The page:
Car engines and environmental policy The car engine sector has been dominated by internal combustion (IC) technology for more than a century now. The engines constructed by Otto, Daimler and Benz in the 1880s have been greatly refined since then, but they still rely on the principle of IC. More than a sole technology, IC engines (ICEs) are at the heart of a regime, which has grown around production technologies, user perspectives and practices (reflecting their preferences and endorsed social connotations), producer capabilities and business models, regulations, and supporting institutions. In addition to established petrol and diesel ICEs, battery electric vehicles (BEVs) (re-)emerged as a market niche in the 1990s. For suppliers, full electric vehicles require a considerable extension of their technology competencies and skills, since the character of electric components significantly differs from that of IC ones. For users, too, driving an electric vehicle means a drastic reduction in vehicle autonomy compared to the ICE, and another way of refuelling. An alternative refuelling infrastructure would be required to support the wider use of such vehicles. These differences in the social and institutional context (over and above the technical novelties) mean that electrical vehicles can be identified as a niche outside the ICE regime. As an intermediate solution, hybrid-electric vehicles (HEVs) emerged on the market after 1997. They combine an ICE with an electric engine. Vehicle autonomy and refuelling are similar to ICEs. For suppliers, HEVs require an extension of their technology competencies and skills, as in the case of electric vehicles (EVs). Hybrids are typically more expensive than ICEs, but have better fuel economy. Many owners see their vehicle as ‘socially responsible’, and as ‘the right vehicle for society’. In the context of increasing oil prices, stricter emission regulation and rising environmental concerns, this type of vehicle has gained market shares of a few percentage points in Japan, the United States and various European countries. In the meantime, a third technology has attracted attention from time to time: hydrogen fuel-cell vehicles (FCVs).1 We devote less attention to them here, since these vehicles have not found application on the market yet. There have been various demonstration projects with these vehicles, however, and most
large car suppliers have one or more prototype vehicles. Like BEVs, FCVs should be seen as a niche outside the ICE regime. The co-existence and co-development of the electric, hybrid-electric and hydrogen niches next to the dominant ICE regime in the market sector over the course of time can be mapped in a typology of innovation modes of the car engine market sector based on two dimensions (Figure 3.1). The first dimension is the level of the change in the sector. It refers to the rate at which suppliers refine their skills and competencies in a technology or the rate to which user practices or regulatory settings adapt. Change may be fast or slow. The second dimension of the typology is the location of (the majority of ) the change. This may be located inside the regime in the sector – that is, sustaining the regime – or outside the regime – that is, disruptive to the regime. Thus, niches may develop inside (close to) the dominant regime or outside (further away). This typology helps to show that, in general, innovation in the car engine market sector may be in one of four phases or modes at a certain point in time. The first quadrant (bottom-left) depicts a time of little or no change, either within the established regime or in niches. Some incremental innovation takes place at the component level, cumulatively shaping a trajectory of slow refinement of ICE technology. Primarily, however, there is ‘reproduction’ of existing actor perspectives, practices, infrastructures and technologies of the regime in the market sector. The second quadrant (bottom-right) is a time of strong change within the ICE regime and little change in the niches, entailing ‘transformation’ of the regime and redirection of the regime trajectory. The established technology, ICE, is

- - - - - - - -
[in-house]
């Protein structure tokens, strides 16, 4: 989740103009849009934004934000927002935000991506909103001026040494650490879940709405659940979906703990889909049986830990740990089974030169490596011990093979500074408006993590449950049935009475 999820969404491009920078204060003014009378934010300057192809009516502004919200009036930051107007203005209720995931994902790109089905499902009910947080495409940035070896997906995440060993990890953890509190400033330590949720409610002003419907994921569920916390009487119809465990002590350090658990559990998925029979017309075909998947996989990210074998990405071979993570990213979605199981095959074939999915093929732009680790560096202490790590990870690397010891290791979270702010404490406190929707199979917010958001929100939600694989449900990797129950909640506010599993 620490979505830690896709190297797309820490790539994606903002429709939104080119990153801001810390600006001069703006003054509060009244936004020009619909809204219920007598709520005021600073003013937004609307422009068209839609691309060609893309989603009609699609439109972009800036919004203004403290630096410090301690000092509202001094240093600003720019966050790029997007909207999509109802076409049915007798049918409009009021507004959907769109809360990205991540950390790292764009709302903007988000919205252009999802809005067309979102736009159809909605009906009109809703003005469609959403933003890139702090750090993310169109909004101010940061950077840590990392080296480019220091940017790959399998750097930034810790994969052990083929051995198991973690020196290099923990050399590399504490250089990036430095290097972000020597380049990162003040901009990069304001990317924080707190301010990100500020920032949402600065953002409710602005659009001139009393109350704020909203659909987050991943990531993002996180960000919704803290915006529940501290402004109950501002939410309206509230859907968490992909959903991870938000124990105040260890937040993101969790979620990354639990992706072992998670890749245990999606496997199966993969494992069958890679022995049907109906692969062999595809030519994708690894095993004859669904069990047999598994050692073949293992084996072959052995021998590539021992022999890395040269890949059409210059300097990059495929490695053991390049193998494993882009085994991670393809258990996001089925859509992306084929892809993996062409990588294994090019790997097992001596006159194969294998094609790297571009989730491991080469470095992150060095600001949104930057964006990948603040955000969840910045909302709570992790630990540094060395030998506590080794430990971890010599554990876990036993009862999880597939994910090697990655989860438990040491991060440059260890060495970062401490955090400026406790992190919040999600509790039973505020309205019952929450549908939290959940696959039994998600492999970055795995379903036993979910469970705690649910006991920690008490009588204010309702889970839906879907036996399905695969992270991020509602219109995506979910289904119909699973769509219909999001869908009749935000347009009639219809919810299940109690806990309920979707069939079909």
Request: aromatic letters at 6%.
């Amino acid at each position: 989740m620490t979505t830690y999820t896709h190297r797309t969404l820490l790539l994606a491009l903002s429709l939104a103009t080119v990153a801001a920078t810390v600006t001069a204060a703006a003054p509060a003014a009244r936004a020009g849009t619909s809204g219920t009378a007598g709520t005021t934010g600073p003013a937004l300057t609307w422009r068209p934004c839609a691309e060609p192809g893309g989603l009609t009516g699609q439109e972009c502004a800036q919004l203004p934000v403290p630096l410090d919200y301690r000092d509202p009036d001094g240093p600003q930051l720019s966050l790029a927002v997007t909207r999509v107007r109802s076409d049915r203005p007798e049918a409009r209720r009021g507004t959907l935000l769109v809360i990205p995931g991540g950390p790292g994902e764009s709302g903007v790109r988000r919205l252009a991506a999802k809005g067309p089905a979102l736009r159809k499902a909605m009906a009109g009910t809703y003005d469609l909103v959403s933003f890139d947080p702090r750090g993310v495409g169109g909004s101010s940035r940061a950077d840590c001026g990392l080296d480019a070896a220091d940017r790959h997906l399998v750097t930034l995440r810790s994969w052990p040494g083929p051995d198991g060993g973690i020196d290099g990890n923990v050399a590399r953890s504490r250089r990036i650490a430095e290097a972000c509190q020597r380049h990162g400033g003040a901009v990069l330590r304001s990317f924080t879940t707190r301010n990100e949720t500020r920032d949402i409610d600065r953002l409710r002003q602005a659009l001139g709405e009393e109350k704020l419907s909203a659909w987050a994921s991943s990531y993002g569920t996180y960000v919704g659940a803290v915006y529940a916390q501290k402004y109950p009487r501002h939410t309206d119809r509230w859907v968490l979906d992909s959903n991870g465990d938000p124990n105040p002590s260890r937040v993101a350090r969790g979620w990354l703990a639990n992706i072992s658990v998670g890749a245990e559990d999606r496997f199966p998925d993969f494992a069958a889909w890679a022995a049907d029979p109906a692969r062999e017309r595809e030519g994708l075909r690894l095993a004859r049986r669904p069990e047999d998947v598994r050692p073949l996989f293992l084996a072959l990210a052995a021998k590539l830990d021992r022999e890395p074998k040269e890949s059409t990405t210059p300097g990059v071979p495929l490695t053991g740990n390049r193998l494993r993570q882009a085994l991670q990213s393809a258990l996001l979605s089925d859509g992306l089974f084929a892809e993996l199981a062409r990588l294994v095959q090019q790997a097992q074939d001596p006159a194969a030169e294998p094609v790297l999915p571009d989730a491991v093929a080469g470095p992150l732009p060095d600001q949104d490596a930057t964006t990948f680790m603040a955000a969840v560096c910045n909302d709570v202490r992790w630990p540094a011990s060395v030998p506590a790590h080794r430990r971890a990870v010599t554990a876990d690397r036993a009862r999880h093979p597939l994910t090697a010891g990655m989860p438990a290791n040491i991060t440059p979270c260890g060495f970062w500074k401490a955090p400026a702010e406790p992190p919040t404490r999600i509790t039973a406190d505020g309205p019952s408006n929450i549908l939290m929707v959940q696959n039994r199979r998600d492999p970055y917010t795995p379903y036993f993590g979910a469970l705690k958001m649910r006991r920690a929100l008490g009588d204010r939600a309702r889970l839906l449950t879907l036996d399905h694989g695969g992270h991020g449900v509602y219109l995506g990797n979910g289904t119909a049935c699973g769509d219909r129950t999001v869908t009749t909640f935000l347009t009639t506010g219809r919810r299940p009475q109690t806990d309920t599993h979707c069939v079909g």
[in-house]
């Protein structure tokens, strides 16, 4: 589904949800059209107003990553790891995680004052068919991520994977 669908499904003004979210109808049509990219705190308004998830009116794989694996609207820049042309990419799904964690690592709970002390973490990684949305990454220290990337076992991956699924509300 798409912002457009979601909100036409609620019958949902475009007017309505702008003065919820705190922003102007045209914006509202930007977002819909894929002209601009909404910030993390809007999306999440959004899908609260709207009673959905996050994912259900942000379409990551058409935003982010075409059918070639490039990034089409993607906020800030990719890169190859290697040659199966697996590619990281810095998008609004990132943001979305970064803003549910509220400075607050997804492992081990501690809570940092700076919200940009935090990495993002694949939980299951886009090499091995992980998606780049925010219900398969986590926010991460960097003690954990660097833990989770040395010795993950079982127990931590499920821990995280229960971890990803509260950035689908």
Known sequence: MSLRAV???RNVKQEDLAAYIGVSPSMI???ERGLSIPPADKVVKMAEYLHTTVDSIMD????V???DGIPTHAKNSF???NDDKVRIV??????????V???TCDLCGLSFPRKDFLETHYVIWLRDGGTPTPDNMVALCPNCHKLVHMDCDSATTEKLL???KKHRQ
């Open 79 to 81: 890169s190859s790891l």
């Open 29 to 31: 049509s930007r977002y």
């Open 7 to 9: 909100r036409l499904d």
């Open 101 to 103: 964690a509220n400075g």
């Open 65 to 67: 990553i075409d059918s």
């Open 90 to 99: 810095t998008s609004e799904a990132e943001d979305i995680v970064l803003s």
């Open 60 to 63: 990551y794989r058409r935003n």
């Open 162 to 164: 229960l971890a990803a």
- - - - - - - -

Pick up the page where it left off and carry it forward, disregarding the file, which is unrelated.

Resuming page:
gradually substituted with a new one (e.g. low-emission ICEs or mild hybridelectrics). In the social context of the market sector, user practices, market structure and producer capabilities and business models are sustained but modified and gradually transformed. The third quadrant (top-left) portrays a phase of slow changes but primarily in niches outside the regime – for example, the small-scale but substantial development of an alternative to the dominant design, which entails alternative user practices and producer capabilities. Here, diversification of the market sector takes place, since the regime stays in place, but co-existing niches become slightly stronger. Finally, the fourth quadrant (top-right) represents a phase of strong change in an outer-regime niche and stagnation of the regime. Here, transition in the market sector occurs – that is, a switch of momentum from the regime trajectory to the former (outer-regime) niche trajectory, where developments unfold nonlinearly. The new technology to a large extent entails alternative user practices, production practices and so on. An example would be the case of the use of fully electric vehicles surging at the expense of ICE vehicles, which would entail another way of refuelling, a reduction in the average length of journeys and possibly new combinations with public transport services. New infrastructures for electric refuelling would be required, whereas established petrol stations may deteriorate. In such turbulent times new suppliers can more easily enter the market, whereas established producers may typically struggle to survive (Geels, 2005). This chapter studies the impact of environmental policies on the character of innovation in car engine technology that policies have triggered in the past two decades. We distinguish impacts on the IC regime and impacts on various niches (BEV, HEV, FCV). We find that, in the past 20 years, policy instruments were mostly applied within a neoclassical economic welfare perspective. The resulting regulation in Europe (both on a national and the European level) has led mostly to diffusion of existing technologies and incremental innovation, rather than transformation or a shift to alternative niche trajectories.2 In light of this, we discuss evolutionary policy options to support transition to low-carbon cars. The second section elaborates our co-evolutionary framework; the third analyses what this framework means for the role of innovation policy; and the fourth section evaluates environmental policies for car engines in Europe within this framework. The fifth section then discusses policy options for drastically mitigating CO2 emissions from cars; followed by the final section, which provides the conclusions.